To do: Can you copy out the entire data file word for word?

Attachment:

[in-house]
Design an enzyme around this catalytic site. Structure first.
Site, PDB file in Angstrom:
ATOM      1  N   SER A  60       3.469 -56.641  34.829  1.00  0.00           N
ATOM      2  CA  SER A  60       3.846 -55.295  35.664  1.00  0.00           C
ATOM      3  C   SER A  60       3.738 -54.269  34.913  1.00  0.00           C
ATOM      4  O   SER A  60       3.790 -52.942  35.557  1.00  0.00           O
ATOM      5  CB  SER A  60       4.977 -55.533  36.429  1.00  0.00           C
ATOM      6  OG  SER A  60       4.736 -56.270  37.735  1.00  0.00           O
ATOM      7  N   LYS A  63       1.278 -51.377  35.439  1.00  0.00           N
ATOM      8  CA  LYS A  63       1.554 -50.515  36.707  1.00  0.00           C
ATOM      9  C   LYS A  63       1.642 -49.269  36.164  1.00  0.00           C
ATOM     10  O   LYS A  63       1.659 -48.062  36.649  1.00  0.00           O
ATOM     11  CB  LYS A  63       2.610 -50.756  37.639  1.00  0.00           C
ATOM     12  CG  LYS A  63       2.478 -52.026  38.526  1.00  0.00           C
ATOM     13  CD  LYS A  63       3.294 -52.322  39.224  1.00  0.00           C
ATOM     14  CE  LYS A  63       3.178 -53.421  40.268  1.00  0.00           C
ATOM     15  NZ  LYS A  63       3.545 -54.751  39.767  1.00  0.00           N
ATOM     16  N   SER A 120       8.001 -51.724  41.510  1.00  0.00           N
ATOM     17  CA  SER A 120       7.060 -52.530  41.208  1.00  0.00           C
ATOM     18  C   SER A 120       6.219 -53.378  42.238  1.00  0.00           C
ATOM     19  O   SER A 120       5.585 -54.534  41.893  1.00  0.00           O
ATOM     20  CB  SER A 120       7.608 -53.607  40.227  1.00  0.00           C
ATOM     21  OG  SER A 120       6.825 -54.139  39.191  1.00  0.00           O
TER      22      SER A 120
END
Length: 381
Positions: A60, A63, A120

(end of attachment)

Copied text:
[in-house]
Design an enzyme around this catalytic site. Structure first.
Site, PDB file in Angstrom:
ATOM      1  N   SER A  60       3.469 -56.641  34.829  1.00  0.00           N
ATOM      2  CA  SER A  60       3.846 -55.295  35.664  1.00  0.00           C
ATOM      3  C   SER A  60       3.738 -54.269  34.913  1.00  0.00           C
ATOM      4  O   SER A  60       3.790 -52.942  35.557  1.00  0.00           O
ATOM      5  CB  SER A  60       4.977 -55.533  36.429  1.00  0.00           C
ATOM      6  OG  SER A  60       4.736 -56.270  37.735  1.00  0.00           O
ATOM      7  N   LYS A  63       1.278 -51.377  35.439  1.00  0.00           N
ATOM      8  CA  LYS A  63       1.554 -50.515  36.707  1.00  0.00           C
ATOM      9  C   LYS A  63       1.642 -49.269  36.164  1.00  0.00           C
ATOM     10  O   LYS A  63       1.659 -48.062  36.649  1.00  0.00           O
ATOM     11  CB  LYS A  63       2.610 -50.756  37.639  1.00  0.00           C
ATOM     12  CG  LYS A  63       2.478 -52.026  38.526  1.00  0.00           C
ATOM     13  CD  LYS A  63       3.294 -52.322  39.224  1.00  0.00           C
ATOM     14  CE  LYS A  63       3.178 -53.421  40.268  1.00  0.00           C
ATOM     15  NZ  LYS A  63       3.545 -54.751  39.767  1.00  0.00           N
ATOM     16  N   SER A 120       8.001 -51.724  41.510  1.00  0.00           N
ATOM     17  CA  SER A 120       7.060 -52.530  41.208  1.00  0.00           C
ATOM     18  C   SER A 120       6.219 -53.378  42.238  1.00  0.00           C
ATOM     19  O   SER A 120       5.585 -54.534  41.893  1.00  0.00           O
ATOM     20  CB  SER A 120       7.608 -53.607  40.227  1.00  0.00           C
ATOM     21  OG  SER A 120       6.825 -54.139  39.191  1.00  0.00           O
TER      22      SER A 120
END
Length: 381
Positions: A60, A63, A120